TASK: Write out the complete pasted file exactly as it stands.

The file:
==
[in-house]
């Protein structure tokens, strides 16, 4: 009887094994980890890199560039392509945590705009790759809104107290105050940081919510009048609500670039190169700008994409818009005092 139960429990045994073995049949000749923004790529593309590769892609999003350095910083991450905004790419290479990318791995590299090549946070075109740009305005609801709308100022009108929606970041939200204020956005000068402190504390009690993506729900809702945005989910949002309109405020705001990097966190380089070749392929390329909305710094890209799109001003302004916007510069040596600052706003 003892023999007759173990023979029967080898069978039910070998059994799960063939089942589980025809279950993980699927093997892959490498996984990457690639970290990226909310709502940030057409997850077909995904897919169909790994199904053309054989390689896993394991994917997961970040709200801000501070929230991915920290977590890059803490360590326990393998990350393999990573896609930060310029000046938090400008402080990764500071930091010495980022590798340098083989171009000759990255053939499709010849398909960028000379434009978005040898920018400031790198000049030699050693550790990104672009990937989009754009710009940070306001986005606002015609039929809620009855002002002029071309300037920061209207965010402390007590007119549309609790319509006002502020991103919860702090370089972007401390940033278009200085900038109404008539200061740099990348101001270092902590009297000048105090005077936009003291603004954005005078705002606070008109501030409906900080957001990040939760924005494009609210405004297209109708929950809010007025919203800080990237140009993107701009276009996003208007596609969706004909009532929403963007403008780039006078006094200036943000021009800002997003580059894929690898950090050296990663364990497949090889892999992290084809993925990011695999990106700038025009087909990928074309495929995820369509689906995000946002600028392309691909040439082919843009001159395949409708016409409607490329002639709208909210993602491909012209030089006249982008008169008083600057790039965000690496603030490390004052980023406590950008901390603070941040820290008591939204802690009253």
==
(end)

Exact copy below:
[in-house]
């Protein structure tokens, strides 16, 4: 009887094994980890890199560039392509945590705009790759809104107290105050940081919510009048609500670039190169700008994409818009005092 139960429990045994073995049949000749923004790529593309590769892609999003350095910083991450905004790419290479990318791995590299090549946070075109740009305005609801709308100022009108929606970041939200204020956005000068402190504390009690993506729900809702945005989910949002309109405020705001990097966190380089070749392929390329909305710094890209799109001003302004916007510069040596600052706003 003892023999007759173990023979029967080898069978039910070998059994799960063939089942589980025809279950993980699927093997892959490498996984990457690639970290990226909310709502940030057409997850077909995904897919169909790994199904053309054989390689896993394991994917997961970040709200801000501070929230991915920290977590890059803490360590326990393998990350393999990573896609930060310029000046938090400008402080990764500071930091010495980022590798340098083989171009000759990255053939499709010849398909960028000379434009978005040898920018400031790198000049030699050693550790990104672009990937989009754009710009940070306001986005606002015609039929809620009855002002002029071309300037920061209207965010402390007590007119549309609790319509006002502020991103919860702090370089972007401390940033278009200085900038109404008539200061740099990348101001270092902590009297000048105090005077936009003291603004954005005078705002606070008109501030409906900080957001990040939760924005494009609210405004297209109708929950809010007025919203800080990237140009993107701009276009996003208007596609969706004909009532929403963007403008780039006078006094200036943000021009800002997003580059894929690898950090050296990663364990497949090889892999992290084809993925990011695999990106700038025009087909990928074309495929995820369509689906995000946002600028392309691909040439082919843009001159395949409708016409409607490329002639709208909210993602491909012209030089006249982008008169008083600057790039965000690496603030490390004052980023406590950008901390603070941040820290008591939204802690009253």